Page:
Thousands of tonnes of saturated fat to be taken out of the nation’s diet – Press releases – GOV.UK

Schematic detail of adjoining saturated carbon...

Schematic detail of adjoining saturated carbon atoms. (Photo credit: Wikipedia)

 

English: Keep Calm and Carry On UK government ...

English: Keep Calm and Carry On UK government poster (Photo credit: Wikipedia)

 

This press release from the UK’s Department of Health (DOH)  is a MUST READ article in my view. Check it out!

 

via Thousands of tonnes of saturated fat to be taken out of the nation’s diet – Press releases – GOV.UK.

 

As I read the article, my initial reaction was that the DOH should be congratulated on an excellent initiative and then my my pondered the wider social implications.

 

As I read the list of major companies and their products cited in the press release, I got more angry.

 

At the simplest level, I wonder if consumers realize that these products are harmful? Should they contain health warnings like cigarettes?

 

Then I focused on the quantity of saturated fat to be taken from the nation’s diet. What the spin-masters at the DOH failed to identify was whether this represented 1%, 10% or 50% of the nation’s consumption of saturated fat. So my personal conclusion is that the result is probably a compromise following heavy lobbying from the food industry.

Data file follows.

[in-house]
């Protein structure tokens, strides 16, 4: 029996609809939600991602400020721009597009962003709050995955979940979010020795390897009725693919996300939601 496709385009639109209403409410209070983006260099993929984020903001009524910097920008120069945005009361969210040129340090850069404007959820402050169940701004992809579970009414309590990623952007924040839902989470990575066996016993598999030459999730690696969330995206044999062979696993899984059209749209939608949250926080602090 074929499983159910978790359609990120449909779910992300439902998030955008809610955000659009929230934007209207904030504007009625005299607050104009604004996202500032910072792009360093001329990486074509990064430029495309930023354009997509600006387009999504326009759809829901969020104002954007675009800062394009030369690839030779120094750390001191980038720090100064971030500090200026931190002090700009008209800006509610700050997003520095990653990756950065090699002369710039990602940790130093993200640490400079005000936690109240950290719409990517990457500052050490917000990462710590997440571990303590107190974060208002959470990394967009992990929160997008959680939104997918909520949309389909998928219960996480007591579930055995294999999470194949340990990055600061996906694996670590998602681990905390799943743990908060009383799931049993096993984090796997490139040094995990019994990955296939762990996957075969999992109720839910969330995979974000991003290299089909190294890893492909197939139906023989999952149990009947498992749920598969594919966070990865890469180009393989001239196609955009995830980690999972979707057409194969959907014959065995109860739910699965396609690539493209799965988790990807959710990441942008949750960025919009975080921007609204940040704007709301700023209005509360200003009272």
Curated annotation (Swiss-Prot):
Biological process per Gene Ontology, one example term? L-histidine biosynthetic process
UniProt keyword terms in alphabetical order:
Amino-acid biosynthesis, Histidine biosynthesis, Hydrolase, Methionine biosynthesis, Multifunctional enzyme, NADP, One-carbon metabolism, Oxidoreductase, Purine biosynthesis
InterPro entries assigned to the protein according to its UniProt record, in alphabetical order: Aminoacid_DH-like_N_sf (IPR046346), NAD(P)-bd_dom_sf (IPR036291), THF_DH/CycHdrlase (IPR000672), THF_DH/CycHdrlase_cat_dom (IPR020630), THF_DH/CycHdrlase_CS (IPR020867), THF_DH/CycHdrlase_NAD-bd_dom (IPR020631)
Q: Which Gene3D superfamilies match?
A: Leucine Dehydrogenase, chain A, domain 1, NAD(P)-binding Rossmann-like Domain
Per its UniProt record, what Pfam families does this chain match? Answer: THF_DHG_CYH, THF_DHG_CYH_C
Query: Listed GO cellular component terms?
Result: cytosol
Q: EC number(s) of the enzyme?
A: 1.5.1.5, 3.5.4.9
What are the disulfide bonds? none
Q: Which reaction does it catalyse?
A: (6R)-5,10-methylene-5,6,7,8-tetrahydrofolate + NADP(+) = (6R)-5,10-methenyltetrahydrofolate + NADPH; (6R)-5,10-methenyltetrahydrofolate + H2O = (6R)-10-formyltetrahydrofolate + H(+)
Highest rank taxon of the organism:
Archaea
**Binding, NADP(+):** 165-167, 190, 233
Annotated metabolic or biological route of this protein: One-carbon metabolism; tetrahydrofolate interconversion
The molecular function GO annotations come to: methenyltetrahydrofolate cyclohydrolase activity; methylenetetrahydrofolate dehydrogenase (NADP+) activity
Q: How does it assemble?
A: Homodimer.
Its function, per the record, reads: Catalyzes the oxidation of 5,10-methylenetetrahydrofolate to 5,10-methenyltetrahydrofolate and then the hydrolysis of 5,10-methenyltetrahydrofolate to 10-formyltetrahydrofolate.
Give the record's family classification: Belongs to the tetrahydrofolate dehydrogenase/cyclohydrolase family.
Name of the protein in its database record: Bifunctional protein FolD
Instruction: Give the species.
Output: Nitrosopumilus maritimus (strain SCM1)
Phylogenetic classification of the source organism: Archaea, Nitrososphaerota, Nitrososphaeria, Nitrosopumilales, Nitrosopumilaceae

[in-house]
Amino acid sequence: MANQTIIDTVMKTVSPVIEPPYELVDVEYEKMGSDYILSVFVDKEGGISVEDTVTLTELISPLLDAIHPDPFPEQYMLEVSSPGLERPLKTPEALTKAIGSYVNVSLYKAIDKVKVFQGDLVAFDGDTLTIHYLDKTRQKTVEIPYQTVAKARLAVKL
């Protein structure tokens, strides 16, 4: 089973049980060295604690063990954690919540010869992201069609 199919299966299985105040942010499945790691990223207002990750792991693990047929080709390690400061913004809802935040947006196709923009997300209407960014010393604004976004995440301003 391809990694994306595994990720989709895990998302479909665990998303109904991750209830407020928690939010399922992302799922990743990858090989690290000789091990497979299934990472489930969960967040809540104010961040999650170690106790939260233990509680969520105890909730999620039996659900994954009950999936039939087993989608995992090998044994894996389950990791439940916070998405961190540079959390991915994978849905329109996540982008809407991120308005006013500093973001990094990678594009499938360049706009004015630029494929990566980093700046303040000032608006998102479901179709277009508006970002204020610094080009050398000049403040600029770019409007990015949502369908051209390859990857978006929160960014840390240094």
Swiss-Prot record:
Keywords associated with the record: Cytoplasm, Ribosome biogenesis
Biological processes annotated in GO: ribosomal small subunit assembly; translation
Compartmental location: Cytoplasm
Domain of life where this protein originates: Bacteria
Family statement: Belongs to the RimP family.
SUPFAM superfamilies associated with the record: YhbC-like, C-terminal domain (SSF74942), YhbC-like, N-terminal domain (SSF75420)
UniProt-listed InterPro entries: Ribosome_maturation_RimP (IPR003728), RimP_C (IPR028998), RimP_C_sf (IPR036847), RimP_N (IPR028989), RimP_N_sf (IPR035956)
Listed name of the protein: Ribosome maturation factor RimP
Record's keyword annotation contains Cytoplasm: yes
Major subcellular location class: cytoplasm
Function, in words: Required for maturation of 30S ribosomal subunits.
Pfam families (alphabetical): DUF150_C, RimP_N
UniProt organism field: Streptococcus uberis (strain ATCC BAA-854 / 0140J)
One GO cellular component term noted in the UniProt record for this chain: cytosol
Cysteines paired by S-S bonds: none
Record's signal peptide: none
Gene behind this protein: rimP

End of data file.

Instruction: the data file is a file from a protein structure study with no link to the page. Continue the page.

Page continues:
Let me turn this to an open question:

 

How should the UK Government effectively regulate to eliminate harmful products and substances from the human health chain?

Health

Health (Photo credit: 401(K) 2013)

 

Any thoughts?

 

 

 

 

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BBC News – Surgery ‘has growing death risk through the week’

Deutsch: Logo des Fernsehsenders BBC World News.

Deutsch: Logo des Fernsehsenders BBC World News. (Photo credit: Wikipedia)

This is a MUST READ story from the BBC, highlighting latest medical research in the UK published in the British Medical Journal. Check it out!

BBC News – Surgery ‘has growing death risk through the week’.

The research concludes that it is more dangerous to have elective surgery at the end of the week because levels of aftercare at the weekend may be seriously reduced.

In my mind. there is a case for the UK’s  National Health Service (NHS) to renegotiate ALL contracts for doctors, nurses and care workers introducing flexible rostering spreading the work load over weekends and at nights more effectively.

Any thoughts?

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